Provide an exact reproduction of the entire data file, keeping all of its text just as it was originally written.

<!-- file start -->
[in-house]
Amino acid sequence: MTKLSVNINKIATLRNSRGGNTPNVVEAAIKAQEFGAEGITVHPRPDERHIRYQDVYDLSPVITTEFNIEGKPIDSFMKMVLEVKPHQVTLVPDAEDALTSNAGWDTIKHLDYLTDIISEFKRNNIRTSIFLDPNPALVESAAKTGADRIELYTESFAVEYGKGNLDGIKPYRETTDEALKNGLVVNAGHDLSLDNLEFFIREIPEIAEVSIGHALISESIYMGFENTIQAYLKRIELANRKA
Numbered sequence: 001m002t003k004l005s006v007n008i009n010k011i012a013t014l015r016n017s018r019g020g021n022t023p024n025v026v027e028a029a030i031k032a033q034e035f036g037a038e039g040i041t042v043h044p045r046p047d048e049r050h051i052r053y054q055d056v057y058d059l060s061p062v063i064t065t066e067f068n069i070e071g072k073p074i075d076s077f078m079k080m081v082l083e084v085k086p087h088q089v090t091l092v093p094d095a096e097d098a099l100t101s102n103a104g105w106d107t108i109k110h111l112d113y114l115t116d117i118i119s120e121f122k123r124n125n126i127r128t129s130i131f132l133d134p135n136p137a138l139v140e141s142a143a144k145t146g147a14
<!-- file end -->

[in-house]
Amino acid sequence: MTKLSVNINKIATLRNSRGGNTPNVVEAAIKAQEFGAEGITVHPRPDERHIRYQDVYDLSPVITTEFNIEGKPIDSFMKMVLEVKPHQVTLVPDAEDALTSNAGWDTIKHLDYLTDIISEFKRNNIRTSIFLDPNPALVESAAKTGADRIELYTESFAVEYGKGNLDGIKPYRETTDEALKNGLVVNAGHDLSLDNLEFFIREIPEIAEVSIGHALISESIYMGFENTIQAYLKRIELANRKA
Numbered sequence: 001m002t003k004l005s006v007n008i009n010k011i012a013t014l015r016n017s018r019g020g021n022t023p024n025v026v027e028a029a030i031k032a033q034e035f036g037a038e039g040i041t042v043h044p045r046p047d048e049r050h051i052r053y054q055d056v057y058d059l060s061p062v063i064t065t066e067f068n069i070e071g072k073p074i075d076s077f078m079k080m081v082l083e084v085k086p087h088q089v090t091l092v093p094d095a096e097d098a099l100t101s102n103a104g105w106d107t108i109k110h111l112d113y114l115t116d117i118i119s120e121f122k123r124n125n126i127r128t129s130i131f132l133d134p135n136p137a138l139v140e141s142a143a144k145t146g147a14